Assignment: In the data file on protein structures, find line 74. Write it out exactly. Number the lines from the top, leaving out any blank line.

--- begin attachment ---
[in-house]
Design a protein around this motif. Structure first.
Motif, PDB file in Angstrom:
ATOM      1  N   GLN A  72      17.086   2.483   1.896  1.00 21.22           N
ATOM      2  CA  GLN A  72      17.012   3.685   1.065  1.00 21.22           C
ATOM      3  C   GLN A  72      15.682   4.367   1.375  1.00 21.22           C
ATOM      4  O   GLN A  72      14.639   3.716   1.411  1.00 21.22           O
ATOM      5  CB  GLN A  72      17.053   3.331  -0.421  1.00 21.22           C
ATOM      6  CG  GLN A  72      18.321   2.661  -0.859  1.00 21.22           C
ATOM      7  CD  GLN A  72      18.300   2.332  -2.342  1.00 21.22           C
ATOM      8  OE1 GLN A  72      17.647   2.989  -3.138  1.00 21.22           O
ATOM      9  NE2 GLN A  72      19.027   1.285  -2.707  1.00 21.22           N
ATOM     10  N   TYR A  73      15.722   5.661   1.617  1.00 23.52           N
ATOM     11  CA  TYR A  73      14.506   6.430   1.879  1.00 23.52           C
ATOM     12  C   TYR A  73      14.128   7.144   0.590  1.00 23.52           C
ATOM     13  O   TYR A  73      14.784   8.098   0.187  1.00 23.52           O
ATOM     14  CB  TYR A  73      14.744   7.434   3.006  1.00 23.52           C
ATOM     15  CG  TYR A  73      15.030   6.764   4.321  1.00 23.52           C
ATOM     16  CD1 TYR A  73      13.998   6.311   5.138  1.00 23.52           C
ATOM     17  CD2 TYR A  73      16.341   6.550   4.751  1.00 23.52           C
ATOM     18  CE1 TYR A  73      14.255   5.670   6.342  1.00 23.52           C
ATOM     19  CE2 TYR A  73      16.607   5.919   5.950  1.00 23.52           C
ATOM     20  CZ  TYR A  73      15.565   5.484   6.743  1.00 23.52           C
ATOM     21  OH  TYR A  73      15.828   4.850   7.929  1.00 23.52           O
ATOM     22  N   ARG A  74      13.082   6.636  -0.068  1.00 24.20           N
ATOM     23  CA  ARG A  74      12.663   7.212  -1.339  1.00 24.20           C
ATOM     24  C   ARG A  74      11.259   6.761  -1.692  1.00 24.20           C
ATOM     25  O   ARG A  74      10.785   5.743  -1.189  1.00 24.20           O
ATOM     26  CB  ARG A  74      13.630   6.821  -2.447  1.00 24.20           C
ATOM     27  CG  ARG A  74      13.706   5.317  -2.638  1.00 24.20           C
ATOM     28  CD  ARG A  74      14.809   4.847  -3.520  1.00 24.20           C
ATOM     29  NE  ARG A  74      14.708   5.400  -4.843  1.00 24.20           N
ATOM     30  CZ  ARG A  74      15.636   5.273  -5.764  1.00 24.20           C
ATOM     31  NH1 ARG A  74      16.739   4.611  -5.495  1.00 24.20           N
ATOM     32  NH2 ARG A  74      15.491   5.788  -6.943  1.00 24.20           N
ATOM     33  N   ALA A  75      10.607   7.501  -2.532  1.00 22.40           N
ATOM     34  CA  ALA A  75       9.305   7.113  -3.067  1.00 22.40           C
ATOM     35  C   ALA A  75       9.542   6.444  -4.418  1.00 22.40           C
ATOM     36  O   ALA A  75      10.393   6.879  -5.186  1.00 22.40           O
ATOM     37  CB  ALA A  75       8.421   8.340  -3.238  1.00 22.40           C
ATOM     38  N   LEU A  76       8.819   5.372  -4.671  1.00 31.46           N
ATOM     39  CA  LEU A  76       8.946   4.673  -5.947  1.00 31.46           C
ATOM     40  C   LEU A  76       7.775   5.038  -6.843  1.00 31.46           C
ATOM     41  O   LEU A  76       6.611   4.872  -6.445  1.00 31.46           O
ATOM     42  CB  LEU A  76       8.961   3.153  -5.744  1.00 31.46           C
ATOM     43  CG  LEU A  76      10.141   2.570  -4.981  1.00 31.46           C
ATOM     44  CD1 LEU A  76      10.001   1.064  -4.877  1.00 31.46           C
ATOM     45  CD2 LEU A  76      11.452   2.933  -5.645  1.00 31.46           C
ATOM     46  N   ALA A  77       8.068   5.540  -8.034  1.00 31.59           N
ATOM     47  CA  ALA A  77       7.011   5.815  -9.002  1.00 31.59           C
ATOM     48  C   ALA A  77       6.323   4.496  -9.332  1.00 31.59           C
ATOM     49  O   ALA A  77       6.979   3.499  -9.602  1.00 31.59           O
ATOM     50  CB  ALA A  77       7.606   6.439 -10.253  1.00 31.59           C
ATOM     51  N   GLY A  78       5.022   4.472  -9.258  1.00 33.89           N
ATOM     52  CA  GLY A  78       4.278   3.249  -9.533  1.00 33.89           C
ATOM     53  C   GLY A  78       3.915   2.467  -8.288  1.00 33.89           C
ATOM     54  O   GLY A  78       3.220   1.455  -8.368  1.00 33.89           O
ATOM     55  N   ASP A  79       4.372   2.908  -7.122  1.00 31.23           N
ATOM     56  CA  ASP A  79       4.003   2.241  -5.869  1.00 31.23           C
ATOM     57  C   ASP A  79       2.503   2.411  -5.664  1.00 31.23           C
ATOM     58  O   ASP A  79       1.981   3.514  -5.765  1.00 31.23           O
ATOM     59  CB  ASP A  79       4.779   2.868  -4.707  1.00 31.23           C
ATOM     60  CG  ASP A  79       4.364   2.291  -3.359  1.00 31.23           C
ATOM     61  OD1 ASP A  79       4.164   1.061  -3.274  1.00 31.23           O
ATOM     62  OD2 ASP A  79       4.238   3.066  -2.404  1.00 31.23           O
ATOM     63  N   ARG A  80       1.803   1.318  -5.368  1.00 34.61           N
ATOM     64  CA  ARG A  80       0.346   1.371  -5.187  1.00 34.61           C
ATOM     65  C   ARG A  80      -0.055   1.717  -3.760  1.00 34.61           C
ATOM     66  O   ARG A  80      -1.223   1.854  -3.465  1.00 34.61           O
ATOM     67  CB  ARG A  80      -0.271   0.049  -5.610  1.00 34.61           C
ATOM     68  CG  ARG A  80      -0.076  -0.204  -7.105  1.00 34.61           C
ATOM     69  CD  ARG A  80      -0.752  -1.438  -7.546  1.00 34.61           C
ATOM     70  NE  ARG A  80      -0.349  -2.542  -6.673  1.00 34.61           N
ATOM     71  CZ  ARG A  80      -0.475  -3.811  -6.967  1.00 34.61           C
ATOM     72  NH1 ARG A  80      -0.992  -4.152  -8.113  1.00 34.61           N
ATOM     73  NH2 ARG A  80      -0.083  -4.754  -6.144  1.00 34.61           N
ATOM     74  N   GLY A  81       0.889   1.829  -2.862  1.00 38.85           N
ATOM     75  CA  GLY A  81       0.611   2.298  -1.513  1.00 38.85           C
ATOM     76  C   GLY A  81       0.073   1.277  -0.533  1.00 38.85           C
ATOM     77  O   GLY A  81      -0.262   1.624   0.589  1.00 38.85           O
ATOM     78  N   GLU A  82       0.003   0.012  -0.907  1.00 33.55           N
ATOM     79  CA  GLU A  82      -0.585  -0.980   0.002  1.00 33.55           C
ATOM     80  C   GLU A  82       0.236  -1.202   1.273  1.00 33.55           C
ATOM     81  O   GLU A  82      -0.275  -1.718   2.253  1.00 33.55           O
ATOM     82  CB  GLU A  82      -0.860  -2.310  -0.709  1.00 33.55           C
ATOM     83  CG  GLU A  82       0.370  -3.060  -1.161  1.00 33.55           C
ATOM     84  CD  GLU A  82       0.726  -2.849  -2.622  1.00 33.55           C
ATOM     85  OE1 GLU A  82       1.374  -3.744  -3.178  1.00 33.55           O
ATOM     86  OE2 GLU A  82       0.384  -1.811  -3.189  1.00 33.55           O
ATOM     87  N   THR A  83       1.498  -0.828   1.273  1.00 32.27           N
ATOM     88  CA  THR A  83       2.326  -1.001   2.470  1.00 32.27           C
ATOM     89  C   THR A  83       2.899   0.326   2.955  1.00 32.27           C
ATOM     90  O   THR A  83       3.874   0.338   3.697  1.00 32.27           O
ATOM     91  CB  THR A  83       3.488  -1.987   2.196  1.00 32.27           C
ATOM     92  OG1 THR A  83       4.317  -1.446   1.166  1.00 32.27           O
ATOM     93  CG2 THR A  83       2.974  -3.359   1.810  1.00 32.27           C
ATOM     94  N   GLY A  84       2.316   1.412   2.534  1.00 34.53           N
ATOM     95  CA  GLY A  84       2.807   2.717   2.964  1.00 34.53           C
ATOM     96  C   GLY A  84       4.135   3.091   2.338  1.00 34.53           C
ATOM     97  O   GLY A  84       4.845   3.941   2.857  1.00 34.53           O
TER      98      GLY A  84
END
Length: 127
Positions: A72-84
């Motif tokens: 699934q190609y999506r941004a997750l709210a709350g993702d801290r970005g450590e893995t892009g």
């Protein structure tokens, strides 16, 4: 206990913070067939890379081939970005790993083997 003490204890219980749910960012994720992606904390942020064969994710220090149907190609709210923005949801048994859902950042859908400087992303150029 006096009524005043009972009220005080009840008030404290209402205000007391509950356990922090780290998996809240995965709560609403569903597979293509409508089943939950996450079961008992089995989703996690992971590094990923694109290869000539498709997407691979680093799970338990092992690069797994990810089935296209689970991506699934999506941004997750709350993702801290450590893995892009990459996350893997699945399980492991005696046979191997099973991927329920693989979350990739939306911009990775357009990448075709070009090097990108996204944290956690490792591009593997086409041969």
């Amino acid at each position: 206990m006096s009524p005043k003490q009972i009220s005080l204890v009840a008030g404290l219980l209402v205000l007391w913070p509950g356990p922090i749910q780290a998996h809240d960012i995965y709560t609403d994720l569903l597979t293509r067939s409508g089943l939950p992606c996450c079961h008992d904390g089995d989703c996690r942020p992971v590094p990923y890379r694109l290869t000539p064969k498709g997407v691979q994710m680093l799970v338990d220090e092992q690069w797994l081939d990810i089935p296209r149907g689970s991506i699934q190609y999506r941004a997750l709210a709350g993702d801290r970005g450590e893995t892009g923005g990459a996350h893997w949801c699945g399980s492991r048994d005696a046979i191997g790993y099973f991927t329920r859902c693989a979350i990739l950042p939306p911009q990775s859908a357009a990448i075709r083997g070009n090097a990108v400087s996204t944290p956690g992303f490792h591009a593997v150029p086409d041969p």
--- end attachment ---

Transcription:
ATOM     71  CZ  ARG A  80      -0.475  -3.811  -6.967  1.00 34.61           C